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The positive cultural social and economic changes in china between the 20th and 21st centuries

Many of these attempts to apply an historical lens engage in gross simplifications and misreadings of the relevance and meaning of hundreds of years of Chinese thought and behavior.

A brief history of China’s economic growth

China is often viewed, incorrectly, as if it existed as a monolithic whole over centuries, possessed the same political and security outlook at each stage of its development, and behaved as a modern nation state does today.

In particular, some observers blithely assert that China always sought to dominate its world in hard power terms, often succeeded in doing so, and will naturally seek such a position of dominance in the future.

The reality is much more complex and nuanced. In the pre-modern era, Chinese security behavior varied enormously from dynasty to dynasty and between periods of strength and weakness. The variation was so extensive that some China historians believe it is impossible to make any meaningful generalizations about traditional Chinese foreign policy and security behavior, much less apply those lessons to the present and future. Indeed, many historians firmly believe that the emergence of nation states and the rise of nationalism in China in the late 19th and early 20th centuries, as well as the effort to build a strong, prosperous, and modern state and society together offer a far more relevant and reliable context for understanding current and future Chinese security behavior than does the pre-modern era.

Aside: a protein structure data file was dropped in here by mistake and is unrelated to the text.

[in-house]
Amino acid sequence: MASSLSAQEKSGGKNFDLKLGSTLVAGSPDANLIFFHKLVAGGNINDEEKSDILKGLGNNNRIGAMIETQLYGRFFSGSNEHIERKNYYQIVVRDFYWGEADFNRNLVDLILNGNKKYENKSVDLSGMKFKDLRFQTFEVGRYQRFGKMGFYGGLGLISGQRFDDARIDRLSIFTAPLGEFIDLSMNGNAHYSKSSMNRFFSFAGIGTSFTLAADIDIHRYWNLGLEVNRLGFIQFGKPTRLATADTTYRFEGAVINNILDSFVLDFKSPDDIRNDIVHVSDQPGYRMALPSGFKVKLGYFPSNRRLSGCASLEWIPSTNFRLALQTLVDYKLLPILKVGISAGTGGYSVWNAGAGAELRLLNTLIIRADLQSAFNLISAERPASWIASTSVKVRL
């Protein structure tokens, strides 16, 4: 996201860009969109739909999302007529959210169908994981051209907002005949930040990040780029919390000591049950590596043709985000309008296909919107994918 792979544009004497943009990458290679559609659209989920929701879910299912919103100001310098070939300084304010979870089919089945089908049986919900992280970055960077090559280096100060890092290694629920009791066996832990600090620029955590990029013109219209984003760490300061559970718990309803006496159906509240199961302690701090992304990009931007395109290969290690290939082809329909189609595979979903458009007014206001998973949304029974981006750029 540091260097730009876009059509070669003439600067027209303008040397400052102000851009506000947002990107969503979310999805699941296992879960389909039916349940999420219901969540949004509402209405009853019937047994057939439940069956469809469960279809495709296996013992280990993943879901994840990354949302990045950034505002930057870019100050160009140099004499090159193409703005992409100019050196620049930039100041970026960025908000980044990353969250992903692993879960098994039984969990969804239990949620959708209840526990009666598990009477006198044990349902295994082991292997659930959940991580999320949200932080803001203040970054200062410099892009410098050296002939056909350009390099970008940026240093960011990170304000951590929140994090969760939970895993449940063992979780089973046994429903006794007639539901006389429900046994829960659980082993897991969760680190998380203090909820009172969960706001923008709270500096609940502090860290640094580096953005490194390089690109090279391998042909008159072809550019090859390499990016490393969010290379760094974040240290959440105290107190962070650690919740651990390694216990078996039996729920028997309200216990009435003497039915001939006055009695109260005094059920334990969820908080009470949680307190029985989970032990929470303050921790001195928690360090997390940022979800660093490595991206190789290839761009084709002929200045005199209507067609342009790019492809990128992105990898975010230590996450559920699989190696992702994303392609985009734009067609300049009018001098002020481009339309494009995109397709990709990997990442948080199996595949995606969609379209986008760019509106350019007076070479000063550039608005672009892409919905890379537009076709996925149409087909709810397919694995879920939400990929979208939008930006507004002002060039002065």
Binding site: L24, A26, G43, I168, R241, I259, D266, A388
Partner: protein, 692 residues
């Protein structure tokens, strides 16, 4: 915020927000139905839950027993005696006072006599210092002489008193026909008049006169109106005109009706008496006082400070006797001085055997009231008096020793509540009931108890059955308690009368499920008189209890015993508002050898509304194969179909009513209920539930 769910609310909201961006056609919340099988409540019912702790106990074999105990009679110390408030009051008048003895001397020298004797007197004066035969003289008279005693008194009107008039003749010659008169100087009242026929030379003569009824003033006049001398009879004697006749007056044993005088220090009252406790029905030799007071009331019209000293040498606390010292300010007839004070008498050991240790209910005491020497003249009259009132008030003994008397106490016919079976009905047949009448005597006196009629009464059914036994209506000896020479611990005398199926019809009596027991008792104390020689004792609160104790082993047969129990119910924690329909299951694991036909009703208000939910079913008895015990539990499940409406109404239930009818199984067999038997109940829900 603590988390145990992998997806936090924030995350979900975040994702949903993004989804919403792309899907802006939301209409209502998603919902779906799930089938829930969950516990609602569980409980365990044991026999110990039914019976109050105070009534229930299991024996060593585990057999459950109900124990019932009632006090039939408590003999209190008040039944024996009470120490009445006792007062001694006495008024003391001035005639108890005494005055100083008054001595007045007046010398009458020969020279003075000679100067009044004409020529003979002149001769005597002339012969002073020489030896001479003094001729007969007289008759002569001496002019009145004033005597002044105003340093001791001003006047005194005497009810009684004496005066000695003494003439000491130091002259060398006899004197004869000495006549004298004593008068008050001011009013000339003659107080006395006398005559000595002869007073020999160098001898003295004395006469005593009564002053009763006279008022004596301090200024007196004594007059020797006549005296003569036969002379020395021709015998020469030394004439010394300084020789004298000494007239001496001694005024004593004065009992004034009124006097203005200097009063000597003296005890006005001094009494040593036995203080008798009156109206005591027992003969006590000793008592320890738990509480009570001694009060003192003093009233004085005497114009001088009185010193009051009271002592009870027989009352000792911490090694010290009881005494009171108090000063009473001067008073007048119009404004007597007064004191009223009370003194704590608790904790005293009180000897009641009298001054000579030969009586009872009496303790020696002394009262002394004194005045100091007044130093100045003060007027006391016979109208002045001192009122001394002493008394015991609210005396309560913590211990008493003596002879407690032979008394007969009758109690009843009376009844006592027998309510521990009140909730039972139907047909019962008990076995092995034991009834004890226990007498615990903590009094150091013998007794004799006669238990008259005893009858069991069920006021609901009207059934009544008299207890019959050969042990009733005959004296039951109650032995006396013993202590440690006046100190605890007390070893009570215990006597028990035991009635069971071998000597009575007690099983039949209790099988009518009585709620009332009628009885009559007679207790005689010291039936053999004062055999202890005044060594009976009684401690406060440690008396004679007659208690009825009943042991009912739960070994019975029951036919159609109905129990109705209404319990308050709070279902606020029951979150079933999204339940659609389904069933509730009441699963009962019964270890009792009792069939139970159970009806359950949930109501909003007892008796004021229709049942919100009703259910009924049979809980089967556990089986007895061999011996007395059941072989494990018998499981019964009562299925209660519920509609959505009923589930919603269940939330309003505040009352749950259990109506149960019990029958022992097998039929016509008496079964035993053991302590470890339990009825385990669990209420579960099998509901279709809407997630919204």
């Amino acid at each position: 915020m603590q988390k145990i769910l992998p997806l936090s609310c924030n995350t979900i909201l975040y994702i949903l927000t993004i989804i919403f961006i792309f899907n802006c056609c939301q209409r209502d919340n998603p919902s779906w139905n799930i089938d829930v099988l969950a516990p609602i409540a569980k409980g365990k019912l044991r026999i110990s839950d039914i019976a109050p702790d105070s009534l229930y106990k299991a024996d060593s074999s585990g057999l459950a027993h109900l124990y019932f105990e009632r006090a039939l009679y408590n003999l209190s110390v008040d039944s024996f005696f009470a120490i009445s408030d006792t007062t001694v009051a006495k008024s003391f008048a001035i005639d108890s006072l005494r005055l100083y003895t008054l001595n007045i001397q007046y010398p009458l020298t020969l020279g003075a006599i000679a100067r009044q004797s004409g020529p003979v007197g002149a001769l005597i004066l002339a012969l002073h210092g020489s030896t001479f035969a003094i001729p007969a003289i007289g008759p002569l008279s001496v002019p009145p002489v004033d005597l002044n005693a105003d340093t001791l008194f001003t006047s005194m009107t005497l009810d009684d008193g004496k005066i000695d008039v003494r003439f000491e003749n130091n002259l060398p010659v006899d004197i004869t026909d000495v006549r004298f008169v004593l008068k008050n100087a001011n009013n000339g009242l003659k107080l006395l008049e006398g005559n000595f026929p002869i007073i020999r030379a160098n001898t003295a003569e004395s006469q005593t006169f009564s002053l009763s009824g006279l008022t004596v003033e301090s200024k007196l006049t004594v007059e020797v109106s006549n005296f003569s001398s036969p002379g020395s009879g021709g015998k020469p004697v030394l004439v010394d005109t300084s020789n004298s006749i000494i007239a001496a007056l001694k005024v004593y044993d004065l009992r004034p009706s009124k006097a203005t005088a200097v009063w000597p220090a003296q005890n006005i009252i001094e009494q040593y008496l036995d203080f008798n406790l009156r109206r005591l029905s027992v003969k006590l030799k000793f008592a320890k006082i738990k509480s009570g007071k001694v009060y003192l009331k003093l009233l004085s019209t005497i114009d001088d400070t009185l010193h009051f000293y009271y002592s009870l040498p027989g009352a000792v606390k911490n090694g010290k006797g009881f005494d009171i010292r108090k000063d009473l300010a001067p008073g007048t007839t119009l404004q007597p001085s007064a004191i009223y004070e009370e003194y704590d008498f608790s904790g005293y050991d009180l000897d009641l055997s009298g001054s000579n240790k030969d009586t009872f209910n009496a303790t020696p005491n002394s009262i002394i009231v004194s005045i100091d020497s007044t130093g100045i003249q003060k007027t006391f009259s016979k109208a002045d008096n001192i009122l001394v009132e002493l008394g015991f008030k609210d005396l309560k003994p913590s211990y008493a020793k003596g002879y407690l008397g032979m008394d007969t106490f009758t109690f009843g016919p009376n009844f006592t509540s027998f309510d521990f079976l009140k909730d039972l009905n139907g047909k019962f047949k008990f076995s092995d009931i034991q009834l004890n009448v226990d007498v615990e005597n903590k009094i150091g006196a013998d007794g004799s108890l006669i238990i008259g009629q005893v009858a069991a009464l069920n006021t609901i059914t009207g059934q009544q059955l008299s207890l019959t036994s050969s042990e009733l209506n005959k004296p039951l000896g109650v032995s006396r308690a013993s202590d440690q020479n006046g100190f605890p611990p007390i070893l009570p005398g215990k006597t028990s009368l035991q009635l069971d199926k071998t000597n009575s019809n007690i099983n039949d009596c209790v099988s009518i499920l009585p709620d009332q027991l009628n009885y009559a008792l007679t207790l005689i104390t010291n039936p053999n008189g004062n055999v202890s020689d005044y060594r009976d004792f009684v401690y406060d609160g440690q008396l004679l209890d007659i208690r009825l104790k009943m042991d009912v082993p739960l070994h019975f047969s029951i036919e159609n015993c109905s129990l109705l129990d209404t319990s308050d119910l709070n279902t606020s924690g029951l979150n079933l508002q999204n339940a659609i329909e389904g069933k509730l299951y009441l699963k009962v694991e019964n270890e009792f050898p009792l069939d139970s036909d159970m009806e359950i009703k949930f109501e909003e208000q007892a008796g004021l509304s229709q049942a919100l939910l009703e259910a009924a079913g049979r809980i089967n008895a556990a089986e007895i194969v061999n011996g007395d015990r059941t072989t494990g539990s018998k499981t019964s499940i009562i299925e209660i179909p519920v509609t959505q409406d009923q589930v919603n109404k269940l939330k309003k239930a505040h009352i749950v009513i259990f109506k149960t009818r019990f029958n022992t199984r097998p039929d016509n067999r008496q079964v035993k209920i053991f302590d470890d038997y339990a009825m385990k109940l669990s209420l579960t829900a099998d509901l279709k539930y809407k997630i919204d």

So, how does history influence Chinese thought and behavior today, and how it might it do so as Chinese power and influence grow in the future?

  • Loneliness was the most common word these children used to describe their feelings, increasing risk for depression through social isolation;
  • In seeking to explain systematic cultural variations in these value dimensions, Hofstede found a striking correlation of 0;
  • Seeing his opportunity, Deng seized power and brought younger men with his views to power;
  • The result has been dramatic social, cultural, and economic shifts impacting the daily lives of Chinese people;
  • The site contains great resources for future reference on Hong Kong and its situation;